5.       To ask the Secretary General to report, via the Permanent Council, to the General
Assembly at its forty-first regular session on the implementation of this resolution, the execution of
which shall be subject to the availability of financial resources in the program-budget of the
Organization and other resources.
                                                - 220 -




                                      AG/RES. 2561 (XL-O/10)

     PROMOTION OF WOMEN’S HUMAN RIGHTS AND GENDER EQUITY AND EQUALITY

                    (Adopted at the fourth plenary session, held on June 8, 2010)


        THE GENERAL ASSEMBLY,

        HAVING SEEN the report of the Secretary General on the implementation of the Inter-
American Program on the Promotion of Women’s Human Rights and Gender Equity and Equality
(OEA/Ser.L, CIM/doc.108/10) and that, at its thirty-seventh regular session, the General Assembly of
the Organization of American States adopted resolution AG/RES. 2322 (XXXVII-O/07), in which it
proclaimed 2010 the Inter-American Year of Women;

RECALLING:

        That, through the adoption of the Inter-American Program on the Promotion of Women’s
Human Rights and Gender Equity and Equality (IAP) [AG/RES. 1732 (XXX-O/00)], the
governments of the Hemisphere committed to developing decisive strategies to integrate a gender
perspective in all spheres of public life as a way of attaining the ultimate goal of promoting and
protecting women’s human rights and gender equity and equality, and achieving equality of rights
and opportunities between women and men;

        That international forums such as the Summits of the Americas, the Special Conference on
Security, held in Mexico, and the Summit of the Americas on Sustainable Development, held in
Bolivia, have reiterated the mandate to promote gender equity and equality in all areas; and

        That this year marks the tenth anniversary of the adoption by the General Assembly of the
Inter-American Program on the Promotion of Women’s Human Rights and Gender Equity and
Equality, through resolution AG/RES. 1732 (XXX-O/00), of June 2000; as well as the
commemoration of the Inter-American Year of Women; and

CONSIDERING:

        The mandate emerging from the aforementioned resolution for the Organization of American
States (OAS) to facilitate the integration of a gender perspective into all the work of its organs,
agencies, and entities, and to provide support to governments in the systematic compilation and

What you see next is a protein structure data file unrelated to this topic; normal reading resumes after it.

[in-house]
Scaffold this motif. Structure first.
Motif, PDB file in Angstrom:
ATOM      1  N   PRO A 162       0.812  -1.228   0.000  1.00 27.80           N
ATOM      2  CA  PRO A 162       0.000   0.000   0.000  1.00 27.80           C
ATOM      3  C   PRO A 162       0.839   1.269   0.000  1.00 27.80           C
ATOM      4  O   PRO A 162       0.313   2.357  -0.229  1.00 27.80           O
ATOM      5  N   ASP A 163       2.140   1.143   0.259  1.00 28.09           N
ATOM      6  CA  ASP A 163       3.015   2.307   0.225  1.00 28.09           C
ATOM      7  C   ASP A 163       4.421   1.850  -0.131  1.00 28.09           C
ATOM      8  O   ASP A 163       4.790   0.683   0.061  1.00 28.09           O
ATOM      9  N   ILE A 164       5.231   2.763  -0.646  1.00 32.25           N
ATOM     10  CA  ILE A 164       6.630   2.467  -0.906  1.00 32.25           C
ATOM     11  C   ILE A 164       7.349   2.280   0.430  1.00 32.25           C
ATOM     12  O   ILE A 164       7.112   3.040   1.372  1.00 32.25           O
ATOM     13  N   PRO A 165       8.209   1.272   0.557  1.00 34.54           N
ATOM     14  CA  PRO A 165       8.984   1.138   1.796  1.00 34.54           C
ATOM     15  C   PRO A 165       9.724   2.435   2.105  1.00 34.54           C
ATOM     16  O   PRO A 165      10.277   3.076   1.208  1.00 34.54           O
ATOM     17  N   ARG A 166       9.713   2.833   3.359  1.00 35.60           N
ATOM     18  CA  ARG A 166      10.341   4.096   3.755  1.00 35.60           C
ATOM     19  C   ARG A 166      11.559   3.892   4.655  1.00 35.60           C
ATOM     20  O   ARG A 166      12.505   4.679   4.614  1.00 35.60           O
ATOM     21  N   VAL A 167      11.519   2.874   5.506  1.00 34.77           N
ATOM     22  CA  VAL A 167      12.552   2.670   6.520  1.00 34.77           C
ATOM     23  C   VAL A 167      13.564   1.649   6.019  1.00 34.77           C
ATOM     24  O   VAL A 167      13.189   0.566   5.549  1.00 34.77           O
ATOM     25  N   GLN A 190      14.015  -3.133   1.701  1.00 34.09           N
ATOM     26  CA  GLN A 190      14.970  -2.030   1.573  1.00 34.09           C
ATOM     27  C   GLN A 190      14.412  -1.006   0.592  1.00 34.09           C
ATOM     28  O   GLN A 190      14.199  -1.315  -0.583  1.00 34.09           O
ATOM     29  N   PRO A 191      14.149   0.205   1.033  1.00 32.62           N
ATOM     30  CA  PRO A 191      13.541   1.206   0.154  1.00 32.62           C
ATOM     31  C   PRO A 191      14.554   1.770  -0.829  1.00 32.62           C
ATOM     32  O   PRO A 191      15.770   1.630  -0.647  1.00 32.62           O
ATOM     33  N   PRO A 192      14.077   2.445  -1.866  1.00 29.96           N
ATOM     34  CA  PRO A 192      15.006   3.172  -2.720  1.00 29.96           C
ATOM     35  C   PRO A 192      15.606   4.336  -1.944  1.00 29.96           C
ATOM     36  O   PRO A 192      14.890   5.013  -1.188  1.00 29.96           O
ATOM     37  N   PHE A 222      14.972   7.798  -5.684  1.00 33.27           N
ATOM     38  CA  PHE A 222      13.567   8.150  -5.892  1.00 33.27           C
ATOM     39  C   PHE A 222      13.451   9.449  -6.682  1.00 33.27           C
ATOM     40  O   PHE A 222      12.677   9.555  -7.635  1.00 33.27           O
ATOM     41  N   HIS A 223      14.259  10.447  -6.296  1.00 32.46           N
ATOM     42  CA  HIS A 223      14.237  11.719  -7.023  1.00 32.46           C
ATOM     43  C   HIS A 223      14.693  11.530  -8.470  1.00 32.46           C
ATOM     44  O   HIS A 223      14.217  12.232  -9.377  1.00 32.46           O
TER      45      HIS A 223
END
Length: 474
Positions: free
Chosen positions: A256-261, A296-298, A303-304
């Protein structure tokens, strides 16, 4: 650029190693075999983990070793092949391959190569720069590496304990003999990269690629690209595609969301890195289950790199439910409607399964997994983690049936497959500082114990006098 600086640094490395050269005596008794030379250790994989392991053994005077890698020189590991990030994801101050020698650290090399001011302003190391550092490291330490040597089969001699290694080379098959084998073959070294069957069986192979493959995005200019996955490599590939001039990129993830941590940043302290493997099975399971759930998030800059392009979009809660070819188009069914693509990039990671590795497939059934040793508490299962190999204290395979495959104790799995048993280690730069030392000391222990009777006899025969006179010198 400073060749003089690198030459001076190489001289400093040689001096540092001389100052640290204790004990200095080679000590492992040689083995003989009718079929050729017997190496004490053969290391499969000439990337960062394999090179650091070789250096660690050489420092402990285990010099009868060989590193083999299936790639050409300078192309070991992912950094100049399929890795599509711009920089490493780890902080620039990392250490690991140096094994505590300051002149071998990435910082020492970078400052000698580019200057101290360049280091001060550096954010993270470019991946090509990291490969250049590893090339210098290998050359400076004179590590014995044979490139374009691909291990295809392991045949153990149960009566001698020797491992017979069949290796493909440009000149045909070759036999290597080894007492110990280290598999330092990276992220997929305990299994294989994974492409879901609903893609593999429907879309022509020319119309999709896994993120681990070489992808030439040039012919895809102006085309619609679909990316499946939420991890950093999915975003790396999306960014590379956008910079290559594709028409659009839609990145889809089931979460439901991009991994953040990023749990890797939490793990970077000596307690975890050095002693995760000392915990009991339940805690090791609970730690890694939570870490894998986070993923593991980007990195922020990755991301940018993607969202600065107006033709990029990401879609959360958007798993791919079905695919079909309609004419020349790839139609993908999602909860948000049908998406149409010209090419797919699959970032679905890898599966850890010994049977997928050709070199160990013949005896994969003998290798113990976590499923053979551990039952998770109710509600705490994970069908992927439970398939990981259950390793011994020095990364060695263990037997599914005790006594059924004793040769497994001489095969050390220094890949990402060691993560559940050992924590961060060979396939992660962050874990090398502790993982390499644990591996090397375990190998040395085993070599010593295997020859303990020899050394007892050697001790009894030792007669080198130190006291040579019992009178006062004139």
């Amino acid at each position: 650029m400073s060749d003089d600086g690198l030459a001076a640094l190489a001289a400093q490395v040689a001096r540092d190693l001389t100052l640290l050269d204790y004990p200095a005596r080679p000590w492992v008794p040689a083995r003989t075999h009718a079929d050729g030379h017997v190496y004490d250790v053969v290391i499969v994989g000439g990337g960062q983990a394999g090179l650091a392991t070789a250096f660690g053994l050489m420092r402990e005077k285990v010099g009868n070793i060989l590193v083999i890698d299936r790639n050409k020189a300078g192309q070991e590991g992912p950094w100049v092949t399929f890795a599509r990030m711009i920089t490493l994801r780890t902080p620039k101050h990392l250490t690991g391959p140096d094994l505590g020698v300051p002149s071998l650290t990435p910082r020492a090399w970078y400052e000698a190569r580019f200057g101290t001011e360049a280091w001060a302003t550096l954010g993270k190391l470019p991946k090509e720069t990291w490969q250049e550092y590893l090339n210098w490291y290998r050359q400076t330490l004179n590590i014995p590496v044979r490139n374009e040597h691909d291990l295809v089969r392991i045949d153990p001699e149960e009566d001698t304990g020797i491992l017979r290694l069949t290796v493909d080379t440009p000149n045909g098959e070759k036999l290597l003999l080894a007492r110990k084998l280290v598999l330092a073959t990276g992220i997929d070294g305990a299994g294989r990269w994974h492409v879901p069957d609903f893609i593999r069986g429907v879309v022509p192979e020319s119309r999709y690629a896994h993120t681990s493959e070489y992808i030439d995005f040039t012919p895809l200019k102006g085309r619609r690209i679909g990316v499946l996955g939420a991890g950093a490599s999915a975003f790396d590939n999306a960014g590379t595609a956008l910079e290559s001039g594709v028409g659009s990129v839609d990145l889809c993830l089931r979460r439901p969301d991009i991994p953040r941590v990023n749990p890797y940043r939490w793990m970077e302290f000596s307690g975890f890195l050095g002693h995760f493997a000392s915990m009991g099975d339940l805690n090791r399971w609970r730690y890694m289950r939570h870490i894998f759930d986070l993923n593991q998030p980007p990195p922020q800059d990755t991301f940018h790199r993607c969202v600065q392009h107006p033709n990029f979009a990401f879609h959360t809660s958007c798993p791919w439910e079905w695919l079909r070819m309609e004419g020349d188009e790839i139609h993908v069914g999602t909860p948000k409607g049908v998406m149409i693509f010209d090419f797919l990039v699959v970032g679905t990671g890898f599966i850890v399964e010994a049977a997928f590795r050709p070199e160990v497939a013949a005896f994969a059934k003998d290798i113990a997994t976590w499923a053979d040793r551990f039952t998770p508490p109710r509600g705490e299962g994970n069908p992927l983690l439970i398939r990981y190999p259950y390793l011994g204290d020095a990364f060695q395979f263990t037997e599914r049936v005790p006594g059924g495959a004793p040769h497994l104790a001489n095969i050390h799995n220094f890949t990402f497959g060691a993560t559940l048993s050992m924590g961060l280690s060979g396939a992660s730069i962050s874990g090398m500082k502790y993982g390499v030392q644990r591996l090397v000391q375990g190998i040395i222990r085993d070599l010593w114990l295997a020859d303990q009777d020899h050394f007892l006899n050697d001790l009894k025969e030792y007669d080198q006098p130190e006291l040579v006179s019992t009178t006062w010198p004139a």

dissemination of statistical data disaggregated by sex;

        Resolutions AG/RES. 1777 (XXXI-O/01), AG/RES. 1853 (XXXII-O/02), AG/RES. 1941
(XXXIII-O/03), AG/RES. 2023 (XXXIV-O/04), AG/RES. 2124 (XXXV-O/05), AG/RES. 2192
(XXXVI-O/06), AG/RES. 2324 (XXXVII-O/07), AG/RES. 2425 (XXXVIII-O/08), and AG/RES.
2454 (XXXIX-O/09) which took note of the reports presented by the Secretary General on
compliance with the IAP, and, as reflected in those reports, of the results of the actions taken in this
respect by the organs, agencies, and entities of the OAS; and
                                                - 221 -




         The efforts that have been made by the Secretary General, with the support of the Inter-
American Commission of Women (CIM), to launch the OAS Gender Program and ensure that all
OAS staff, especially senior staff in management positions and new staff members who work in
priority areas, are given the opportunity to raise their awareness and build their capacity on gender
issues,

RESOLVES:

        1.      To take note with appreciation of the Secretary General’s ninth report on the
implementation of the Inter-American Program on the Promotion of Women’s Human Rights and
Gender Equity and Equality (IAP), submitted in fulfillment of resolution AG/RES. 2454 (XXXIX-
O/09); and to urge him to continue with its implementation.

         2.      To reaffirm its support for the work of the CIM as the principal forum for generating
hemispheric policy on gender equality and women’s rights; and to continue to support the CIM’s
efforts at follow-up and implementation of the IAP, including measures and recommendations for
continued gender mainstreaming in the ministerial meetings on labor, justice, education, social